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Dessert with Drama – The Amazing Crêpes Suzette

Crêpes Suzette

Credit: Or Hiltch https://goo.gl/r0XRBc

Crêpes Suzette is a dramatic dessert consisting of a thin pancake base generously drizzled with caramelized sugar, butter, orange juice, and orange zest. It is liberally topped with Curaçao liqueur or Grand Marnier and lit upon serving, so that the creation is set “aflame” or, as the French put it, “flambé.”

The First Crêpe Suzette

Legend has it that this dish was accidentally created by an assistant waiter named Henri Charpentier, who was preparing a dessert for the Prince of Wales (the future King Edward VII).   In his memoirs he says that the cordials on the table accidentally caught fire along with the dessert. Upon tasting the dessert, however, Henri decided it tasted delicious and he served it to the prince. The dessert would have been named Crêpes Princesse for the prince but, in a fit of chivalry, the prince asked that the name be changed to Crêpes Suzette in honor of a pretty guest in his party.

While this story has been disputed by food historians, it nevertheless provides the food enthusiast with an interesting and romantic tale.  Since its first appearance in 1895, this dessert has remained a favorite for occasions when an extra special touch is necessary to bring a meal to its end.

A Version for Every Chef

Author and celebrity chef Jacques Pepin’s recipe calls for orange butter in a Food and Wine post. He prepares this by combining 6 tablespoons of butter, ¼ cup of sugar, and orange zest in a mini food processor. While the machine keeps working, he adds orange juice gradually until it is totally incorporated.  The article on Crêpes Suzette makes mention of the artistic way Pepin presented his masterpiece. “While restaurants traditionally make the buttery, orange-flavored sauce for this famous dessert tableside from start to finish, Pépin finds it easier to prepare largely in advance when entertaining. He flambés the liquor in front of his dinner guests and pours it over the platter of crêpes while still flaming.”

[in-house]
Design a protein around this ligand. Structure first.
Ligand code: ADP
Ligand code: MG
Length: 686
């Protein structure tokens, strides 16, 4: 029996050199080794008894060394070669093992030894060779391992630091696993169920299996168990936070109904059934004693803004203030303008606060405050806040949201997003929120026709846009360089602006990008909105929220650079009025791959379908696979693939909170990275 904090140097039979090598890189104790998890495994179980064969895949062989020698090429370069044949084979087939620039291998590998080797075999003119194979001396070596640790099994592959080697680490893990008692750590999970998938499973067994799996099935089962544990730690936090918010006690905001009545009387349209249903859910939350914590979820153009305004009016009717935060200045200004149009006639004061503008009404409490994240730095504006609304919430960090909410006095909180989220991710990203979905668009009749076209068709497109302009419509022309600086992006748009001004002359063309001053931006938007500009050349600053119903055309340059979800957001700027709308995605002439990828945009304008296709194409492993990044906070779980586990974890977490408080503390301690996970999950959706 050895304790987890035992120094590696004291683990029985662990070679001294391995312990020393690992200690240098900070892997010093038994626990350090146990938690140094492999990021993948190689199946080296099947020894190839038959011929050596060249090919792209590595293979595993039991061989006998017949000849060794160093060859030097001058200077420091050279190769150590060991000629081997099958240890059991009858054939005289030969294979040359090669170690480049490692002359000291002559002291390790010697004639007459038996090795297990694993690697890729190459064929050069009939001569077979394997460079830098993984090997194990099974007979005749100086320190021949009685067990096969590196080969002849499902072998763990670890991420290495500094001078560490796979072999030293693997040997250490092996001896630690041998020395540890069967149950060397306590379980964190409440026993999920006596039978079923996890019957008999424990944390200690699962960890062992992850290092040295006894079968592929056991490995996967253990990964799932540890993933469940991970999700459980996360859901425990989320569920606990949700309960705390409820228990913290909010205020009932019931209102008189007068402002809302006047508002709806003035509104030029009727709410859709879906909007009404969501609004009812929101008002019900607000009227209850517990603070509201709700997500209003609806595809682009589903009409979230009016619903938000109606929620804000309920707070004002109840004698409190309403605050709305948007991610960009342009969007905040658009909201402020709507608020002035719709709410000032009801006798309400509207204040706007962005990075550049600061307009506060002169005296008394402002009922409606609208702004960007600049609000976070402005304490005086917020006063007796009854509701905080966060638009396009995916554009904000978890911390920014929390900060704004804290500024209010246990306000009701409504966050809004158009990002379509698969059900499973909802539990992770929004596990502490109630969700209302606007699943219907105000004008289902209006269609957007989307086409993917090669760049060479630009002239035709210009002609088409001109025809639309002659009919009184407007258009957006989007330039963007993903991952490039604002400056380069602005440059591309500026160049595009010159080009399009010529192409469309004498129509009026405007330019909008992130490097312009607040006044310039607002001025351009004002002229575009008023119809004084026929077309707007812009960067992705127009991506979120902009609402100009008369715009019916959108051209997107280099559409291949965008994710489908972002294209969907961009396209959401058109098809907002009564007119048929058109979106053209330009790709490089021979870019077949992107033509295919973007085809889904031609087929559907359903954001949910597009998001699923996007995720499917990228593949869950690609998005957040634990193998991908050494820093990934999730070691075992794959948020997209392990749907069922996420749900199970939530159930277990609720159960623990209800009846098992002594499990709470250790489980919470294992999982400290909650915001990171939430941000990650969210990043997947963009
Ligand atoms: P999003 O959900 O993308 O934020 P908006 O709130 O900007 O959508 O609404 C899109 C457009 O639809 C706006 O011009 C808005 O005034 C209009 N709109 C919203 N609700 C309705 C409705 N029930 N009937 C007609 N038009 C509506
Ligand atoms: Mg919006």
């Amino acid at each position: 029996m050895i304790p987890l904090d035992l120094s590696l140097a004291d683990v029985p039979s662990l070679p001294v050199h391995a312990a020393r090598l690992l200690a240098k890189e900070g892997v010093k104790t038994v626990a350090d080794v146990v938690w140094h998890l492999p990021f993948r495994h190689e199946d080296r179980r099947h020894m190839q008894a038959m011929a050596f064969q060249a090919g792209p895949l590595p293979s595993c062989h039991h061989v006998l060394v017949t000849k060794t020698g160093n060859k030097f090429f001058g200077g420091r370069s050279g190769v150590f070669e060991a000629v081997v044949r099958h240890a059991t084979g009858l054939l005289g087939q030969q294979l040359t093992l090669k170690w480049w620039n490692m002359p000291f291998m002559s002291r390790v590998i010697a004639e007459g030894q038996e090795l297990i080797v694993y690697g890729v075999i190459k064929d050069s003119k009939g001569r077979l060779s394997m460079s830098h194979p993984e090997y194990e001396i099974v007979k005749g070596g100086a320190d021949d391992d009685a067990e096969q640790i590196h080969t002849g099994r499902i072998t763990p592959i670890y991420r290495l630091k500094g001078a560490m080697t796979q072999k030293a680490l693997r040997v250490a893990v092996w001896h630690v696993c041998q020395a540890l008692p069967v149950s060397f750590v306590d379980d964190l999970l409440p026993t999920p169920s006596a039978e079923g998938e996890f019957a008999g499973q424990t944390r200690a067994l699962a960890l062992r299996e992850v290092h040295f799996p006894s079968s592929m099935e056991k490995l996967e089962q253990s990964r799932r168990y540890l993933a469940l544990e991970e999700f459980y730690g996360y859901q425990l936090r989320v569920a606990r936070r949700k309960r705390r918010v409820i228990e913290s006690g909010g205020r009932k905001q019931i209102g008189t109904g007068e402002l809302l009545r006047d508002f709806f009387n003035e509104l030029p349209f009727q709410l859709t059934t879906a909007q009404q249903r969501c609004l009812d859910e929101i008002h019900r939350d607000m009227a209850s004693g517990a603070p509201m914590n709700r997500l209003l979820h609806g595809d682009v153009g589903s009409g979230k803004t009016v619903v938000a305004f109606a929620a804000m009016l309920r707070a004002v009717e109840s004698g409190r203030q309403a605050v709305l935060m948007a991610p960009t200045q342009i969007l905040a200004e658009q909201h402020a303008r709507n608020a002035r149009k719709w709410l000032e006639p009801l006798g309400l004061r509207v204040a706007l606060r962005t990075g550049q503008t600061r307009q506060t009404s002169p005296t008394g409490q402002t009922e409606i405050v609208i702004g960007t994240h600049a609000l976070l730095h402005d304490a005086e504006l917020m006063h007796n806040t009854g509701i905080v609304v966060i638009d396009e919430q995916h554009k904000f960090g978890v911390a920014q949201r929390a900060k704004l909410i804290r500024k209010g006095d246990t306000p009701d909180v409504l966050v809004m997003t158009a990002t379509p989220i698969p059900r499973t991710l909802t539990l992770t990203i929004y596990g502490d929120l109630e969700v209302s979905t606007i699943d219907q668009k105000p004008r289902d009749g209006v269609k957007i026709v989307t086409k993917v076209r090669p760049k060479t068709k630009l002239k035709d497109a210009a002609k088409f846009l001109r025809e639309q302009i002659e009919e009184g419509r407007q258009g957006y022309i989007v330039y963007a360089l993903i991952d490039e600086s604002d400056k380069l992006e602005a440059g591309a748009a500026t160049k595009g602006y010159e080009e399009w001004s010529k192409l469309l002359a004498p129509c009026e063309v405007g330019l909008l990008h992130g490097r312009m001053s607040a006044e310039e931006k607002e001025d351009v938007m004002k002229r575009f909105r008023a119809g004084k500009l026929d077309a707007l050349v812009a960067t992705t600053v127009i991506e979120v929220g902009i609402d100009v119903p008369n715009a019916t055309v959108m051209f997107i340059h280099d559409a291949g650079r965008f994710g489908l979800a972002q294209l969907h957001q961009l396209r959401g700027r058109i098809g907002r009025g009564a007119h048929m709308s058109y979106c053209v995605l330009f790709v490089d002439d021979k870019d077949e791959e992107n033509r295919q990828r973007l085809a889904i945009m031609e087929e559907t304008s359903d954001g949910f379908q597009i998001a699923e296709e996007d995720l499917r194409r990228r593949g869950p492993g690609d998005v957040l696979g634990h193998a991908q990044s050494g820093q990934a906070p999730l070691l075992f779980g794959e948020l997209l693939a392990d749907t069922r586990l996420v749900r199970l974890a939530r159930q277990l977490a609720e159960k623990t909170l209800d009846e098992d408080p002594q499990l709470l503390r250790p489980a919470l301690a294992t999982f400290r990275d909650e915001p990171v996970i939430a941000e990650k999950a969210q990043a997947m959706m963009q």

Food Network’s article, Crêpes Suzette, describes the way Bobby Flay makes his Crêpes Suzette. His pancake batter contains orange liqueur (he recommends Grand Marnier) a bit of vanilla, orange zest, and clarified butter. Then, he puts together a sauce made with 1 ½ cups orange juice (freshly squeezed), 3 tablespoons of sugar, orange zest, orange liqueur, 3 peeled and sectioned oranges, and vanilla ice cream.

In Smithsonian Mag’s Julia Child Makes Crepes Suzette, hopeful cooks are given a quick but truly enlightening demonstration of how Julia Child makes the crepes are made on a non-stick pan. The crepes are subsequently soaked in a sauce made with orange juice, sugar, and brandy, then folded in triangles before being given a final drizzle of sauce and sugar. The triangles are arranged on a plate, and then set aflame in front of guests on the table.

In Nigella’s article on Crepes Suzette, Nigella Lawson promises that her version will be equally delicious, but less difficult to make. She says, “This is probably the queen of retro desserts and deservedly so. My version is a speeded-up and simplified one by virtue of using shop-bought crepes. But there is no need to feel this is a cop-out. For one, they can be incredibly good but, more pertinently, by the time they’ve been doused and soused, not to mention, flamed, the idea that you could discern their origins is laughable…”  Her secret? Readymade crepes!

If you make time to watch one or two of the available videos on Crepes Suzette, you will see that it is not hard to make. It may take a bit more effort to put together than a pan of brownies, but the dramatic end result is very much worth it.

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